[PyKDE] SIP and PyQT on Windoze
phil at river-bank.demon.co.uk
Sun Jun 4 11:51:30 BST 2000
bacon at aerodyne.com wrote:
> I am investigating various libraries and utilities for building a cross
> platform GUI front end to a complex engineering code. The front end
> would have very limited distribution due to the nature of the
> underlying code it will control. Few people have a need to investigate
> the questions being answered by our research codes. Because of this,
> there is a small user base and relatively little support money
> available. This leads to a number of restrictions on the technologies
> to be used.
> 1) Must support Unix, should support Windows95/98/NT
> 2) Limited customer base (25-50 users) means it must be low cost
> 3) Due to the problem of orphaned toolkits, source code must be
> available and actively developed without undergoing capricious API
> changes. I can't afford to rework two months of work because
> someone else thought of new and different way to implement something.
> I had initially decided to use Qt as my solution. Now comes the more
> relevant part for this mailing list. In discussions with other members
> of the user community, it seems that extensibility would be a highly
> valued feature. I would like to use Python as my extension language of
> choice, but it needs to be able to access whatever GUI toolkit is used.
> Does PyQt run on Windows? What are the long term survivability
> prospects of PyQt? As new versions of Qt are made available, how
> quickly are new releases of PyQt made?
Either PyQt will probably run on Windows with little or no changes.
Various people have told me what changes needed to be made to get over
the major problems - but I don't have a Windows development environment
so I can't test each release, I just have to hope I haven't broken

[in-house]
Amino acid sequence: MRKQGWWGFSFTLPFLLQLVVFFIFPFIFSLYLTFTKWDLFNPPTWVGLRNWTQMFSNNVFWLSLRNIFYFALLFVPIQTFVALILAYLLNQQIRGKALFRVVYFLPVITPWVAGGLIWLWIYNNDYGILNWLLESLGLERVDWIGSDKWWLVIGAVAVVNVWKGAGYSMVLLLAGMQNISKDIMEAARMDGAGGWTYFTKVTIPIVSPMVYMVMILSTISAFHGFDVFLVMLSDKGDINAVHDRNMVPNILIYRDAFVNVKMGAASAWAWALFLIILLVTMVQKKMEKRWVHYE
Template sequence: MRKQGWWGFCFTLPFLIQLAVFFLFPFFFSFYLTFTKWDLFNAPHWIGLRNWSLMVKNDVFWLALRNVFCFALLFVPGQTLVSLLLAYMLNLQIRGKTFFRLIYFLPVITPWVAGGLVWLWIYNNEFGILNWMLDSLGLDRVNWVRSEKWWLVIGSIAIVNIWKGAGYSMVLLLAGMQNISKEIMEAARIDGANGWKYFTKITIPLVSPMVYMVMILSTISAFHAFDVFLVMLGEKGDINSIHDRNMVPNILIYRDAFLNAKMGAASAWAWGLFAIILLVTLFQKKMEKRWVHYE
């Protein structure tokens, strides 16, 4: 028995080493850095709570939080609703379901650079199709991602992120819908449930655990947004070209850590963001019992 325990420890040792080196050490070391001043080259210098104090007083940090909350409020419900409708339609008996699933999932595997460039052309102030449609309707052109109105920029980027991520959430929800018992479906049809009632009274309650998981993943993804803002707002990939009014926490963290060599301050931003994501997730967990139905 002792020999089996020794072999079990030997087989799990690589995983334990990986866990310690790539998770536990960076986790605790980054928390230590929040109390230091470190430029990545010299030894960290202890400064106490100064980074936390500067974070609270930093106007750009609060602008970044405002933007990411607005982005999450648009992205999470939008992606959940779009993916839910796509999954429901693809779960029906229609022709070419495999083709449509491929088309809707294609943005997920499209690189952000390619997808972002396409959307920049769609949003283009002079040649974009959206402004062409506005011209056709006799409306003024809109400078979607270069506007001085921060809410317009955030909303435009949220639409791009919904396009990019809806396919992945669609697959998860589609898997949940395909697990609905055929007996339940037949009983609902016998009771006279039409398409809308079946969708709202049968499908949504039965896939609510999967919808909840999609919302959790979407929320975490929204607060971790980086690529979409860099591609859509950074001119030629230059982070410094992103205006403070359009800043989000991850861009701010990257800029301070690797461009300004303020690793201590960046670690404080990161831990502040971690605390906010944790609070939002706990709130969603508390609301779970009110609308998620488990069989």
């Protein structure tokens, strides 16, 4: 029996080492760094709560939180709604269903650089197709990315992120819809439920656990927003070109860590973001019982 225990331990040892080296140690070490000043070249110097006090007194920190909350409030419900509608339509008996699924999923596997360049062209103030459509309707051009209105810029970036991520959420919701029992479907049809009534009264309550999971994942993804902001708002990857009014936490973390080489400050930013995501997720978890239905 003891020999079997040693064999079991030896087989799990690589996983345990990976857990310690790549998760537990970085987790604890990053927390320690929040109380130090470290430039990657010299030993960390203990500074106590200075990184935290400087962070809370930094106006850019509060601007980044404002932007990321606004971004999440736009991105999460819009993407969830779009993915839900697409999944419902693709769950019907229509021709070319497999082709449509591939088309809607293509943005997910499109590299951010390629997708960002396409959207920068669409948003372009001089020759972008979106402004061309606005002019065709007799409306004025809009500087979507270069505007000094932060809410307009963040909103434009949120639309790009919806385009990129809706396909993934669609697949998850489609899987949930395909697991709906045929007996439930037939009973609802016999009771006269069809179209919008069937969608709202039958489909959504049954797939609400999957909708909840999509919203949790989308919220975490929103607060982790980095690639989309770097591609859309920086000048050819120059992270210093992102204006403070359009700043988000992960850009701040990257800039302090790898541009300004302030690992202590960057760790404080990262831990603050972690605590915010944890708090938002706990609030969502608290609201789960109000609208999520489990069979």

anything. I've said this before, but I'll say it again, if some kind
person and/or company will donate the necessary software licenses and a
hard disk to store them on then I'll make sure a Windows version is
supported as well as the Unix version.
The availability of new versions depends on what has been added to Qt
and, in particular, is Qt making use of some new C++ feature. Note that
you would only need a new PyQt to take advantage of any new classes or
methods in the new Qt - within the same major versions, older PyQts will
work with newer Qts just by re-compiling.
> I selected Qt because of its wide user base. We've already been burned
> once when a commercial software vendor abandoned the GUI toolkit we used
> to develop a product. Four man years of work were flushed down the
> toilet by that fiasco. I don't want it to happen again. I feel
> confident that Qt and Python will each remain viable, but I'm not as
> confident in SIP and PyQt.
Well, you've always got the source available if I get bored or hit by a
bus. I now make a living developing open source software, but I don't
get any financial support for PyQt/PyKDE so they are bound to be lower
on my list of priorities than the other work. I'll leave all those
millionaires out there to come up with possible solutions to this :)
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